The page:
A parte le riflessioni non convenzionali sull’argomento, trovo bellissima la esperienza di sofferenza, conversione e missione di Rhonda Arias, raccontata nell’articolo. Buona lettura.

The New York Times – January 21, 2007

Is There a Post-Abortion Syndrome?

By EMILY BAZELON

Early on a windy Saturday morning in November, Rhonda Arias drove her Dodge Caravan past a Wal-Mart at the end of her block and onto the Interstate. She was beginning the 50-mile drive from her house in southwest Houston to Plane State Jail, where she is, as she puts it, an “abortion-recovery counselor.” To Arias, that means helping women at the prison who have had abortions to understand how that procedure has stained them, and how it explains what has gone wrong in their lives. The prisoners’ abortions, she told me, “have a great deal to do with their pain.” (altro…)

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… the specter of fetuses being selectively targeted for elimination also down_syndromehas the potential to disturb solid supporters of abortion rights. (…) About 90 percent of women who learn they are carrying a fetus with the extra 21st chromosome that causes Down syndrome choose an abortion. Studies have shown that many women choose to abort for diagnoses of less serious conditions. (…) doctors screen embryos for a high risk of developing breast cancer or arthritis, and implant only embryos with the desired genetic makeup.
The questions may only become murkier if testing extends to traits like homosexuality or intelligence. (…) The rhetoric of “choice,” however, can take on a more troubling resonance when it comes to selecting children with new reproductive technologies, disabilities rights advocates say. “It so buys into this consumer perspective on our children,” said Marsha Saxton, a senior researcher at the World Institute on Disability in Oakland, Calif., who is an abortion rights supporter.

New York Times – May 13, 2007 – By AMY HARMON

Genetic Testing + Abortion = ???

SARAHLYNN LESTER, 32, considers herself a supporter of abortion rights. She gives money to the National Abortion Rights Action League and volunteers for Planned Parenthood.
But as a woman who continued a pregnancy after learning that her child would have Down syndrome, she also has beliefs about the ethics of choosing, or not choosing, certain kinds of children.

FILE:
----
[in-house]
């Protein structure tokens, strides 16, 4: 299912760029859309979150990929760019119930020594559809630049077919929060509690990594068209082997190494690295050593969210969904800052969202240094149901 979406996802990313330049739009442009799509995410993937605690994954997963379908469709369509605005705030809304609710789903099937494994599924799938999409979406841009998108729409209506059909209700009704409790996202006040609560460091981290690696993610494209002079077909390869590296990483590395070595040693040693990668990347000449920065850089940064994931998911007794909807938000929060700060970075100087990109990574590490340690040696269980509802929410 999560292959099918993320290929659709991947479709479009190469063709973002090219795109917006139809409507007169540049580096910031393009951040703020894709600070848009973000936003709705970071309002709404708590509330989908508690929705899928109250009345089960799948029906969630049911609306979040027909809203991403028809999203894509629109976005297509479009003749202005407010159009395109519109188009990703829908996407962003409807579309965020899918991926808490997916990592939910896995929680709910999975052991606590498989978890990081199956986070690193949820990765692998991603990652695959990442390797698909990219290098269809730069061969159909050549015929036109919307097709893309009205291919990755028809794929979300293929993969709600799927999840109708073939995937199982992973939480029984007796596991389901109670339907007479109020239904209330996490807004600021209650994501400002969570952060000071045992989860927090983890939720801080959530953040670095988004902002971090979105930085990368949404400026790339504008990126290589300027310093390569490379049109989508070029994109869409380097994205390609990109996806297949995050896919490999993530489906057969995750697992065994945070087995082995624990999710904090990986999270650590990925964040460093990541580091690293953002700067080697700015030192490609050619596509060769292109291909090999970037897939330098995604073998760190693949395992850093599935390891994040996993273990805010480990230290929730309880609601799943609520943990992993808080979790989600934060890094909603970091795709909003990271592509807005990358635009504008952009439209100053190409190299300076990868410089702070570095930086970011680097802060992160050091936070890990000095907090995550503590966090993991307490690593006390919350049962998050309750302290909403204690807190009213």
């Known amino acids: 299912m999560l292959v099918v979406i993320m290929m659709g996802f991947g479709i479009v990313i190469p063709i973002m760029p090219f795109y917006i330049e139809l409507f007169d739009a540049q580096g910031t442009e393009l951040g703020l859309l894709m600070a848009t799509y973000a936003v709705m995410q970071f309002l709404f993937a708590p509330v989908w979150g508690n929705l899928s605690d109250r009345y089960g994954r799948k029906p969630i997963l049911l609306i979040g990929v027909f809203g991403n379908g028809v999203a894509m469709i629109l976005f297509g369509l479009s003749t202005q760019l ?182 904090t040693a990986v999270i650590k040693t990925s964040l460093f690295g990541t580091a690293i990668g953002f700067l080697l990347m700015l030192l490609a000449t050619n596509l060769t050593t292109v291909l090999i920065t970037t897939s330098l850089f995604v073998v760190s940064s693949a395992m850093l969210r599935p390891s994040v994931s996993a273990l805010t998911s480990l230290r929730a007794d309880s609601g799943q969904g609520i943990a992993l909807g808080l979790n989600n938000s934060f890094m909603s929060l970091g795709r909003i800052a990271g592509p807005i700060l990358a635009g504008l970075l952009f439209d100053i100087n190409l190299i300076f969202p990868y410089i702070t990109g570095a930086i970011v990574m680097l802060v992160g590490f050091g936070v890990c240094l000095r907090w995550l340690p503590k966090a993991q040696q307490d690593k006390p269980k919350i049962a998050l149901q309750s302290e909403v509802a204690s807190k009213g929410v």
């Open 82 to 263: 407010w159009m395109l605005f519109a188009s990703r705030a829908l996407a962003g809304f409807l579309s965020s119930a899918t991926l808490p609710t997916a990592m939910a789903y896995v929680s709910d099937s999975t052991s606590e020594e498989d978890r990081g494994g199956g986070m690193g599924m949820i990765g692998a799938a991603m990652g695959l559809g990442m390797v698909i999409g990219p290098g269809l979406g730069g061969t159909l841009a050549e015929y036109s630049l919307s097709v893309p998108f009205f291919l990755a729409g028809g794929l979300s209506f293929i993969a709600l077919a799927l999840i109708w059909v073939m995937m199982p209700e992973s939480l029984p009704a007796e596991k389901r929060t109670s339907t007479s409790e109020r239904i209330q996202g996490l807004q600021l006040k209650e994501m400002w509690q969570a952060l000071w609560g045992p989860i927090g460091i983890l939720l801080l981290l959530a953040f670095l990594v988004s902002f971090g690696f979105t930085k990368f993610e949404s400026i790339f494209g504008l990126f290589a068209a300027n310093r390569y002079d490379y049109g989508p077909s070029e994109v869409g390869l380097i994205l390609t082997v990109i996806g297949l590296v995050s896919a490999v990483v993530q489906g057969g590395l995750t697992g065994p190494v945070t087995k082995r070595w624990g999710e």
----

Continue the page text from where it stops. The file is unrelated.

“I thought it would be morally wrong to have an abortion for a child that had a genetic disability,” said Ms. Lester, a marketing manager in St. Louis. (altro…)

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down_syndromeas prenatal tests become available for a range of other perceived genetic imperfections, they may also be heralding a broader cultural skirmish over where to draw the line between preventing disability and accepting human diversity. (…)

Many participants in the ad-hoc movement describe themselves as pro-choice. Yet some see themselves as society’s first line of defense against a use of genetic technology that can border on eugenics.

May 9, 2007
The DNA Age – Prenatal Test Puts Down Syndrome in Hard Focus – By AMY HARMON

DETROIT – Sarah Itoh, a self-described “almost-eleven-and-a-half,” betrayed no trace of nervousness as she told a roomful of genetic counselors and obstetricians about herself one recent afternoon.

She likes to read, she said. Math used to be hard, but it is getting easier. She plays clarinet in her school band. She is a junior girl scout and an aunt, and she likes to organize, so her room is very clean. Last year, she won three medals in the Special Olympics.

“I am so lucky I get to do so many things,” she concluded. “I just want you to know, even though I have Down syndrome, it is O.K.” (altro…)